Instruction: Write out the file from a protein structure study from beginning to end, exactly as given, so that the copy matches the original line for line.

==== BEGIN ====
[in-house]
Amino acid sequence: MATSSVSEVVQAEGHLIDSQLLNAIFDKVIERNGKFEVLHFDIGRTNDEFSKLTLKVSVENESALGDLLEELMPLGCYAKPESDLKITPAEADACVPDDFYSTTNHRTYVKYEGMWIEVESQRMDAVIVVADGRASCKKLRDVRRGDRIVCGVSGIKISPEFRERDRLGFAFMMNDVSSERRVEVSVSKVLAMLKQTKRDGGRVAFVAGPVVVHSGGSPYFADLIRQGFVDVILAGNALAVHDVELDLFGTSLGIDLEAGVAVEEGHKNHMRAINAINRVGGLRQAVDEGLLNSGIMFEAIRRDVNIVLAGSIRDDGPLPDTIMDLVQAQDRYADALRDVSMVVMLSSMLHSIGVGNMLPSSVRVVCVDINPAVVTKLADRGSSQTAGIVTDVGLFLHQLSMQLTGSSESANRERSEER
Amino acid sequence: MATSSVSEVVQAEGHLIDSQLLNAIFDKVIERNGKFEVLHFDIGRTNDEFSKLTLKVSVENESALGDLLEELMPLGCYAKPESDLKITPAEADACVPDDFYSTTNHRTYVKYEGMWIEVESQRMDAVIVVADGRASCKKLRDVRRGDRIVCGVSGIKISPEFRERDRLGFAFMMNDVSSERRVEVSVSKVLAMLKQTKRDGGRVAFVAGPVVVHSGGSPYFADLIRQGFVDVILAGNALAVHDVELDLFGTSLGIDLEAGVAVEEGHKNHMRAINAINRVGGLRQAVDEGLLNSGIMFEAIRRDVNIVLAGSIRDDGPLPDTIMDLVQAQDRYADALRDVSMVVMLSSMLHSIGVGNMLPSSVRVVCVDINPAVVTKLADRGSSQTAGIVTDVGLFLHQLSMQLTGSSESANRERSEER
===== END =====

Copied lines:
[in-house]
Amino acid sequence: MATSSVSEVVQAEGHLIDSQLLNAIFDKVIERNGKFEVLHFDIGRTNDEFSKLTLKVSVENESALGDLLEELMPLGCYAKPESDLKITPAEADACVPDDFYSTTNHRTYVKYEGMWIEVESQRMDAVIVVADGRASCKKLRDVRRGDRIVCGVSGIKISPEFRERDRLGFAFMMNDVSSERRVEVSVSKVLAMLKQTKRDGGRVAFVAGPVVVHSGGSPYFADLIRQGFVDVILAGNALAVHDVELDLFGTSLGIDLEAGVAVEEGHKNHMRAINAINRVGGLRQAVDEGLLNSGIMFEAIRRDVNIVLAGSIRDDGPLPDTIMDLVQAQDRYADALRDVSMVVMLSSMLHSIGVGNMLPSSVRVVCVDINPAVVTKLADRGSSQTAGIVTDVGLFLHQLSMQLTGSSESANRERSEER
Amino acid sequence: MATSSVSEVVQAEGHLIDSQLLNAIFDKVIERNGKFEVLHFDIGRTNDEFSKLTLKVSVENESALGDLLEELMPLGCYAKPESDLKITPAEADACVPDDFYSTTNHRTYVKYEGMWIEVESQRMDAVIVVADGRASCKKLRDVRRGDRIVCGVSGIKISPEFRERDRLGFAFMMNDVSSERRVEVSVSKVLAMLKQTKRDGGRVAFVAGPVVVHSGGSPYFADLIRQGFVDVILAGNALAVHDVELDLFGTSLGIDLEAGVAVEEGHKNHMRAINAINRVGGLRQAVDEGLLNSGIMFEAIRRDVNIVLAGSIRDDGPLPDTIMDLVQAQDRYADALRDVSMVVMLSSMLHSIGVGNMLPSSVRVVCVDINPAVVTKLADRGSSQTAGIVTDVGLFLHQLSMQLTGSSESANRERSEER